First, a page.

knowledge can lead to societies lacking in particular emotionally intellectualism
that results in more well-integrated societies. As well as this, specific
families will lose family members, which can disrupt social cohesion and also
cause large gender disparities. In some less developed countries, families can
only afford to send (or only choose to send) males to school, meaning it will
often be men that are making up the large percentage of brain drain, and women
staying in the home countries with lower education levels.

On the
other hand, some argue that brain drain can be beneficial to the education in developing
countries. “The possibility of migration to a higher wage country raises the
return to education. This leads to an increase in human capital formation which
can outweigh the negative effect of the brain drain itself.” (Mountford, 1997,
p.288), meaning that an increase in brain drain will result in more people
wanting to pursue higher education due the prospect of moving to a more
developed country in which they can earn more and have better working
conditions. Commander et al (2004) described this as “a positive signal that
motivates others in the sending country to acquire more education, thereby
raising human capital and possibly promoting growth.” and showed that education
of even some individuals has large positive spillover effects that can benefit
all in a country. Along with this, Mountford (1997) believed that it created
“educational classes” within an economy, which gives reason to the use of
emigration quotas. Emigration quotas allow governments to let only a certain
amount of individuals emigrate in order to create a balance in which skills can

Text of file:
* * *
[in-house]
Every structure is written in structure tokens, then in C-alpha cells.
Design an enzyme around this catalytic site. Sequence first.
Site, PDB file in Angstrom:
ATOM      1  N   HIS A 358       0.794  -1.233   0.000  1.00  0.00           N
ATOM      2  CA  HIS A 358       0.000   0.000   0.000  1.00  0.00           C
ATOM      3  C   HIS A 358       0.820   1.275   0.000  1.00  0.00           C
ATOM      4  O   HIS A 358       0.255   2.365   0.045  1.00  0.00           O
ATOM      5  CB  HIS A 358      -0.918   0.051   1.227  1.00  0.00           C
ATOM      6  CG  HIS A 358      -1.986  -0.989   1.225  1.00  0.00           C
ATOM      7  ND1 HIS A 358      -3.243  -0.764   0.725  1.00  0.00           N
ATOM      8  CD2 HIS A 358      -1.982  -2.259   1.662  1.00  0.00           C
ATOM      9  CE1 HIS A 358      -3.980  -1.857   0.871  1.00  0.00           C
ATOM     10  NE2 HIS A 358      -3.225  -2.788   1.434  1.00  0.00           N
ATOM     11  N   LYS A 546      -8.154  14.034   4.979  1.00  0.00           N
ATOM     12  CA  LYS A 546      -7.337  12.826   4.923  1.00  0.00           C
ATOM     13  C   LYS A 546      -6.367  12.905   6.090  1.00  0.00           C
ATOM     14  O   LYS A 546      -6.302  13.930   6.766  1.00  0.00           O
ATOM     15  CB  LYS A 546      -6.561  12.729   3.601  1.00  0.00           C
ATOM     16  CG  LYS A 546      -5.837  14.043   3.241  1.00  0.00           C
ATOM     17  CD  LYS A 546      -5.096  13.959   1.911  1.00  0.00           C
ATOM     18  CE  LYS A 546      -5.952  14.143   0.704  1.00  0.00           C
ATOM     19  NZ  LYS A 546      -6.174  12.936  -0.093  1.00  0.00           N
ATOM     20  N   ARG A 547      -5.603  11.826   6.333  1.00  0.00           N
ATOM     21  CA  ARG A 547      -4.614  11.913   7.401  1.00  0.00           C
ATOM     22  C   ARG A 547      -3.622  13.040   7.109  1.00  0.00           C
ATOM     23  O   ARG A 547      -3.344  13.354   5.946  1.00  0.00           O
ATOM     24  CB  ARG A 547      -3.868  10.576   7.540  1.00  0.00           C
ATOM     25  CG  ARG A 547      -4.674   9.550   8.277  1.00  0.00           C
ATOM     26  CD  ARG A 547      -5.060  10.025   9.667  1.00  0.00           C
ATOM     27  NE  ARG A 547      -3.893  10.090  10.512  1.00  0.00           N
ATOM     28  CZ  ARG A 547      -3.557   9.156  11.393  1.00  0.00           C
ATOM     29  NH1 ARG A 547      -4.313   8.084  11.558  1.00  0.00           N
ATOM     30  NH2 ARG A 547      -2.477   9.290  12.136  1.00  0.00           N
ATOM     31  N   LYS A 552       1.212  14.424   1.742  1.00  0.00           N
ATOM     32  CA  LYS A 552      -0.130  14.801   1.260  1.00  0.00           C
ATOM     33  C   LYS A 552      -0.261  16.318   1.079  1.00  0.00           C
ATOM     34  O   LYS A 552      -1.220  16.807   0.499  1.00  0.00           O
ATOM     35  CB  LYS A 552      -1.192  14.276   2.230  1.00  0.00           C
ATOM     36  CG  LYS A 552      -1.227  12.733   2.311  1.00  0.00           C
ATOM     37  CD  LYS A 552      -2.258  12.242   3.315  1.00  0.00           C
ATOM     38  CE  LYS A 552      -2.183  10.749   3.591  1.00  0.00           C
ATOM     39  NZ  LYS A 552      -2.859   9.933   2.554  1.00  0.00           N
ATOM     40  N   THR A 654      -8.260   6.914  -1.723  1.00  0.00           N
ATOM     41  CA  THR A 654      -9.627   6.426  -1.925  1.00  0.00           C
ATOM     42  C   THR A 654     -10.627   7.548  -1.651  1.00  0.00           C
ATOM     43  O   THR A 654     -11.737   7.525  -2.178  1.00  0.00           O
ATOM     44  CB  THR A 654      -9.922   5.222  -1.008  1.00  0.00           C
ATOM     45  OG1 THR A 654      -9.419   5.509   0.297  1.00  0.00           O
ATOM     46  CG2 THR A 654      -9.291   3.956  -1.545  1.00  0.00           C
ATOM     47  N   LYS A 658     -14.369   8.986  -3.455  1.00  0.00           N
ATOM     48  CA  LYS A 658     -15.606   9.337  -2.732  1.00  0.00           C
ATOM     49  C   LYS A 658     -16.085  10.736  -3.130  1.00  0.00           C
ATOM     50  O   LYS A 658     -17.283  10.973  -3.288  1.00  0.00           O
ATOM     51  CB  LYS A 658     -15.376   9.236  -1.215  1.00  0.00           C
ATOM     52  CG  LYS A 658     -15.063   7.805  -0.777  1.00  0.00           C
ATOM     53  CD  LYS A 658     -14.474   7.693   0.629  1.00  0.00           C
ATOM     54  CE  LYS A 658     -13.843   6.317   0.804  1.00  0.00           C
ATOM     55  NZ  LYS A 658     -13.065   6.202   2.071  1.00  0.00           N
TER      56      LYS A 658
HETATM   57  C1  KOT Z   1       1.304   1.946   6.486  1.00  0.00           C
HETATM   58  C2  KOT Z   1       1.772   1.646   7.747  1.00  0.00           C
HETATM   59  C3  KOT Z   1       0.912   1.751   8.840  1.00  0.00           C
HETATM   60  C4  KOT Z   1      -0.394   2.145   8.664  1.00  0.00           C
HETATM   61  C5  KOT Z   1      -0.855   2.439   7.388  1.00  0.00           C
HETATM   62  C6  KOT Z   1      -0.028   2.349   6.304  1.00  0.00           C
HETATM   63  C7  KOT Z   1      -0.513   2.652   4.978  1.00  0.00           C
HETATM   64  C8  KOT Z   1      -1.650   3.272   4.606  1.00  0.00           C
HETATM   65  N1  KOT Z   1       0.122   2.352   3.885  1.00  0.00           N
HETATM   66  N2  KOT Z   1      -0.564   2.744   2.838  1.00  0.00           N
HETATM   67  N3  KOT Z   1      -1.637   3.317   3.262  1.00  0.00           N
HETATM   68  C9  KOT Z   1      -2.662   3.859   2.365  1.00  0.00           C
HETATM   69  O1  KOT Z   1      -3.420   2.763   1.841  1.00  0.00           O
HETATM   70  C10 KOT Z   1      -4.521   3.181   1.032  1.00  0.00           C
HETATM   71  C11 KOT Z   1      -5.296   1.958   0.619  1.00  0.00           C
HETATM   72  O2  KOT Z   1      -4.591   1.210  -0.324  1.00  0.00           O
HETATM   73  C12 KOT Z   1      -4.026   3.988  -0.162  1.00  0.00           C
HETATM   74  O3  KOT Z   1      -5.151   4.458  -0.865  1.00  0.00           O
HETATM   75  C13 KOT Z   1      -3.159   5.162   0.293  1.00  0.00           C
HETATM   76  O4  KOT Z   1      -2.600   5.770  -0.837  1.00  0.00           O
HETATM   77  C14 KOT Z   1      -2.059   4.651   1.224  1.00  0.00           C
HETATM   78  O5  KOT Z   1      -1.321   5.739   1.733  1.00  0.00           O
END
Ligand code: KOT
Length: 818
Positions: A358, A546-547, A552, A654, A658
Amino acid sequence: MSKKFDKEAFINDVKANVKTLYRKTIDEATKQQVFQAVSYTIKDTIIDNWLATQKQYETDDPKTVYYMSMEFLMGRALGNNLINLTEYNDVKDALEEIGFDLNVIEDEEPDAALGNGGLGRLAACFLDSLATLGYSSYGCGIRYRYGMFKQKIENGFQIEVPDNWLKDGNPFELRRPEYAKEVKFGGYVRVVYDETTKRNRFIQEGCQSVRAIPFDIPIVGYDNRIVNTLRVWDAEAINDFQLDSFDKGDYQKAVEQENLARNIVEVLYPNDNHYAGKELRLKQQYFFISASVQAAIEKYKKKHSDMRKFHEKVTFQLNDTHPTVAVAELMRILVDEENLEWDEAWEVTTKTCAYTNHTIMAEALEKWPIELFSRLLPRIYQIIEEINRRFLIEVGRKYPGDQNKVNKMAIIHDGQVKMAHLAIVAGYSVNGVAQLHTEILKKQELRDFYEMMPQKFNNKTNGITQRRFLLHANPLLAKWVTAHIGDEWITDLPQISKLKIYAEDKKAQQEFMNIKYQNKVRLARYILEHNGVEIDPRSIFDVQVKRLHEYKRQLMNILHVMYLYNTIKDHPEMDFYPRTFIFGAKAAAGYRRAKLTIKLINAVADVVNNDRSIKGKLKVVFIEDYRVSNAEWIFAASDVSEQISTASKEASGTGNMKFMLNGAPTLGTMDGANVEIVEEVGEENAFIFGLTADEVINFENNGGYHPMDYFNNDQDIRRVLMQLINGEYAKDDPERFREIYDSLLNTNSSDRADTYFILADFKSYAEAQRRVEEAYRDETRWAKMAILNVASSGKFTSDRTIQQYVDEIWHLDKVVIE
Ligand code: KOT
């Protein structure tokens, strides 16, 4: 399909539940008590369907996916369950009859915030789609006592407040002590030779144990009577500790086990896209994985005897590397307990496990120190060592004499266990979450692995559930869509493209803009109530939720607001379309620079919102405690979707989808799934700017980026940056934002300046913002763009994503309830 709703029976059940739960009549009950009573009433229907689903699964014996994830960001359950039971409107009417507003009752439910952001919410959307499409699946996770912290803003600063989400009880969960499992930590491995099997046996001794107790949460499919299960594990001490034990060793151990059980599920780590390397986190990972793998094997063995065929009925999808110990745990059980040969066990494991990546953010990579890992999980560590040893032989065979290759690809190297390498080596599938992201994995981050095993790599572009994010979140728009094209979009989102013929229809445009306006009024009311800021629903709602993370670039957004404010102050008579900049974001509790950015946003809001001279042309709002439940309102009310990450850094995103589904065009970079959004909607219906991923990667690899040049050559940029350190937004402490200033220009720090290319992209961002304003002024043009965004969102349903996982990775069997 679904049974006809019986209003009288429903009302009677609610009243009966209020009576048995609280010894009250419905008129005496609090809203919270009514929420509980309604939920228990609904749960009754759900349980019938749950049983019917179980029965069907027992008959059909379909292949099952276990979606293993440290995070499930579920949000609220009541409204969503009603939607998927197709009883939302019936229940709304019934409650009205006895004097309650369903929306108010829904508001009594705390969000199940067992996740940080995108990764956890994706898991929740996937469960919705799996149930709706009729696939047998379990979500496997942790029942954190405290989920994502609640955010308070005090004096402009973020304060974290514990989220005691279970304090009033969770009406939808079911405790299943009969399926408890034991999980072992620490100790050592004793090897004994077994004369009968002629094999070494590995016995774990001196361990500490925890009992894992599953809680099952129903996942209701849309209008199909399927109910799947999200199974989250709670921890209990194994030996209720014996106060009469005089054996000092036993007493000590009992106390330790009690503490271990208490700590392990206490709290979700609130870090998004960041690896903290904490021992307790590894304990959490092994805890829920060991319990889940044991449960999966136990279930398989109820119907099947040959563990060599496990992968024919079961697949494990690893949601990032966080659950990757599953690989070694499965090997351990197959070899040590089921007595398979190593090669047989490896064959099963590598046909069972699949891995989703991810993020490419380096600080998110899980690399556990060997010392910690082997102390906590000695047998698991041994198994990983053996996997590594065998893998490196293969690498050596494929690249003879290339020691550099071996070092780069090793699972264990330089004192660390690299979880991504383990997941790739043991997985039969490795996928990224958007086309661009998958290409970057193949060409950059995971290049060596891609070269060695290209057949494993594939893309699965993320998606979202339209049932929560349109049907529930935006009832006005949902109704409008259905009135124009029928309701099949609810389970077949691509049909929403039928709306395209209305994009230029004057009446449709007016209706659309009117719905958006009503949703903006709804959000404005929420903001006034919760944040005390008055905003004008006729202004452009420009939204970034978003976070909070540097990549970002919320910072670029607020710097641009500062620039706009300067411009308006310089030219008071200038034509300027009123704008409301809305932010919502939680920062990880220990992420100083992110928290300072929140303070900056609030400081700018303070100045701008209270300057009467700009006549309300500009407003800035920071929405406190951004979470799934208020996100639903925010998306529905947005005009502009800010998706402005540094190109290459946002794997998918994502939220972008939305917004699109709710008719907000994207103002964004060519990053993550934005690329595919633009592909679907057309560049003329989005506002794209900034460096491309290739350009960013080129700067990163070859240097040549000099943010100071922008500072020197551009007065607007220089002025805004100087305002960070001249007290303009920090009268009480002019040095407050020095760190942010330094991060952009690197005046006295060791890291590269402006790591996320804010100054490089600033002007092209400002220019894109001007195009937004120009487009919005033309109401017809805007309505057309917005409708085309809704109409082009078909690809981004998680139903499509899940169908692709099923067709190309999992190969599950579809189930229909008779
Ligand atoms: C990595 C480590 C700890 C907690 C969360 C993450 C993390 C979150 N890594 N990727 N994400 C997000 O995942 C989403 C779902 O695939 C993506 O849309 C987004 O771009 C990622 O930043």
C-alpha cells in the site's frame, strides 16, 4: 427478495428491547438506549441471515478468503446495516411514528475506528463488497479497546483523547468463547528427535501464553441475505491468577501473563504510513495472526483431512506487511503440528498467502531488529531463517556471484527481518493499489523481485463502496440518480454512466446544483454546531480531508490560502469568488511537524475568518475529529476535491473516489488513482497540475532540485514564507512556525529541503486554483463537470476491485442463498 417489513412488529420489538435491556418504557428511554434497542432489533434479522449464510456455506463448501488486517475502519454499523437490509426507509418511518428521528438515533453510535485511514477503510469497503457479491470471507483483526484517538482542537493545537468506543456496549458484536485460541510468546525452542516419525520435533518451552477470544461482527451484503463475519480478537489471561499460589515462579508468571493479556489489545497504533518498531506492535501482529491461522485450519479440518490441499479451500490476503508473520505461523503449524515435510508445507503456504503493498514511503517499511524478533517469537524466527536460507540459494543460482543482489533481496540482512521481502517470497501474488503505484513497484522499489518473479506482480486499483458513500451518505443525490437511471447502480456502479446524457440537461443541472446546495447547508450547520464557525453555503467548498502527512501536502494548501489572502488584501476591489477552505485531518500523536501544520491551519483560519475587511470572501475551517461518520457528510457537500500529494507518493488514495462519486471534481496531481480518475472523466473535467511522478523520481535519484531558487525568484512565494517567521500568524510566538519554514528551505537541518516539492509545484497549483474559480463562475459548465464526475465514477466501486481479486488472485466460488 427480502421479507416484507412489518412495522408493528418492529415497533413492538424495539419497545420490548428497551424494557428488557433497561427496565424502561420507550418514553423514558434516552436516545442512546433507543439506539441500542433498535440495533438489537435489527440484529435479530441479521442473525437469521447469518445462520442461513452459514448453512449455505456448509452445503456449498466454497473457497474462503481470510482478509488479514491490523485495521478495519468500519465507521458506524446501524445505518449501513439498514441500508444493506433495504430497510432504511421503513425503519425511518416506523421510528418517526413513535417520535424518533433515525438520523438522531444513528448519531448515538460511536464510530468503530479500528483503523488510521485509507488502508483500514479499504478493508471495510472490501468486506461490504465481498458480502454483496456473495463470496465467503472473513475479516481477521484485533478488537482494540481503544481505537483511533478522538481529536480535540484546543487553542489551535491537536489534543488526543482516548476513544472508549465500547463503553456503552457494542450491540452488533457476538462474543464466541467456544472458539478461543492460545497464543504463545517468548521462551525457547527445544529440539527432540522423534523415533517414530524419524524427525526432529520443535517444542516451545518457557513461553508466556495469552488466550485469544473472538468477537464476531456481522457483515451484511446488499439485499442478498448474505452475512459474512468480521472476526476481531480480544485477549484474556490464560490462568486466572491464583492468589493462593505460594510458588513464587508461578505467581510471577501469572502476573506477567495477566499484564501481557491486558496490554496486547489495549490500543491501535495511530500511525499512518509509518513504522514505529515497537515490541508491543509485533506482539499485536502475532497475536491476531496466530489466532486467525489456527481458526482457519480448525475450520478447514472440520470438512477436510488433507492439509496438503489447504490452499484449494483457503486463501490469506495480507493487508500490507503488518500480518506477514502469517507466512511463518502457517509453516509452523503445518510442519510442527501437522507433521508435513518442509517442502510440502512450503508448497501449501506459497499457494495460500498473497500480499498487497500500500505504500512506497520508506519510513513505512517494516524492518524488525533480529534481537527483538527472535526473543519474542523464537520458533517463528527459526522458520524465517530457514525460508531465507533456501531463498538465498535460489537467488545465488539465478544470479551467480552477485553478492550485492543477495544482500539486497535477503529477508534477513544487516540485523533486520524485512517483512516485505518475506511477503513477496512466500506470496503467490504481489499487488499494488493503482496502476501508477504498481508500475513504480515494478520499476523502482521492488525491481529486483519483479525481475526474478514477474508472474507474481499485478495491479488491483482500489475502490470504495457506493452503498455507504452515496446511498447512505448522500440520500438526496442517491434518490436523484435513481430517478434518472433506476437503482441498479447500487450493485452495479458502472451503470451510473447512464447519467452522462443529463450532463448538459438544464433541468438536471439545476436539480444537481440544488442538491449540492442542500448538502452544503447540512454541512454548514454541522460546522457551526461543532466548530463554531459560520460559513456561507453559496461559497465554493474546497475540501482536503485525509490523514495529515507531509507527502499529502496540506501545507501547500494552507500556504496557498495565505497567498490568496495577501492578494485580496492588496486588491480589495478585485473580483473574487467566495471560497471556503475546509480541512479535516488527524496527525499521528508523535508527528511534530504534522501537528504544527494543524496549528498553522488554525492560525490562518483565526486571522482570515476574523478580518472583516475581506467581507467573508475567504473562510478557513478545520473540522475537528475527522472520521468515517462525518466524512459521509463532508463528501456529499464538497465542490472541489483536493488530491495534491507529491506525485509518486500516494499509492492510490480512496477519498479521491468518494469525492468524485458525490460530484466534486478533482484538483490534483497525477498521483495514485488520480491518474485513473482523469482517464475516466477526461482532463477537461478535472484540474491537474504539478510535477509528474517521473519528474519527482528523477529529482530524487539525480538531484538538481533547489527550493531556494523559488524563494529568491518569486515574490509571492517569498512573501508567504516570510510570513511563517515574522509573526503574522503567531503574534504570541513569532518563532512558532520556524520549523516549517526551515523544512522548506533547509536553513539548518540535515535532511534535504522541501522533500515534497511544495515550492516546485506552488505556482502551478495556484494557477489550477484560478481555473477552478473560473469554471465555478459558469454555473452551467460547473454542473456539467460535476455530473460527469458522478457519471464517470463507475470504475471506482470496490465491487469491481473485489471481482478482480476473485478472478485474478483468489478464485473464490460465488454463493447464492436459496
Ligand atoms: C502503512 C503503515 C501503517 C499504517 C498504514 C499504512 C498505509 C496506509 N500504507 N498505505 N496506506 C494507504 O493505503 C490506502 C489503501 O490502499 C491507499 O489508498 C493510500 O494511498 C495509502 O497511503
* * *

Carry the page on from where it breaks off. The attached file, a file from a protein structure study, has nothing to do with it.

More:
still be accumulated in their countries. Creating these educational classes
allows a variety of people with different skills to both emigrate and stay in
their countries to allow for more growth and development at home.

A further
factor determining whether or not developing countries should be worried about
brain drain lies in how individuals value education in terms of uncertainty and
imperfect information. As mentioned before, poorer countries with less
potential for growth and lower levels of brain drain are unlikely to gain more
human capital as there is less perceived possibility for higher earnings. This
means there that is uncertainty in the population over whether pursuing higher
education is necessary and whether future migration opportunities exist (Beine
et al, 2001). Many may achieve sought after degrees that do not lead to job
opportunities abroad and therefore they may feel that it was not worth the
money that they have paid. In addition to this, taxpayers will have higher
costs that do not result in the payoffs one would expect. Miyagiwa (1991)
explained how asymmetric information can also be disadvantageous to source
countries.  “Source-country employers are
assumed to possess imperfect information about the skills of foreign-trained
students and hence they can only offer wages based on the average quality of
the returnees. By contrast, employers in the host country know the true abilities
of the students studying there and pay commensurate wages.” (Miyagiwa, 1991,
p.744), which means that these individuals are more likely to stay in host
countries as they will earn more there, in comparison to their home countries,
where employers aren’t as aware of their value and so do not pay them as such.
Because of this, there is not incentive for these skilled individuals to return
home and the money they earn is not likely to benefit those in their home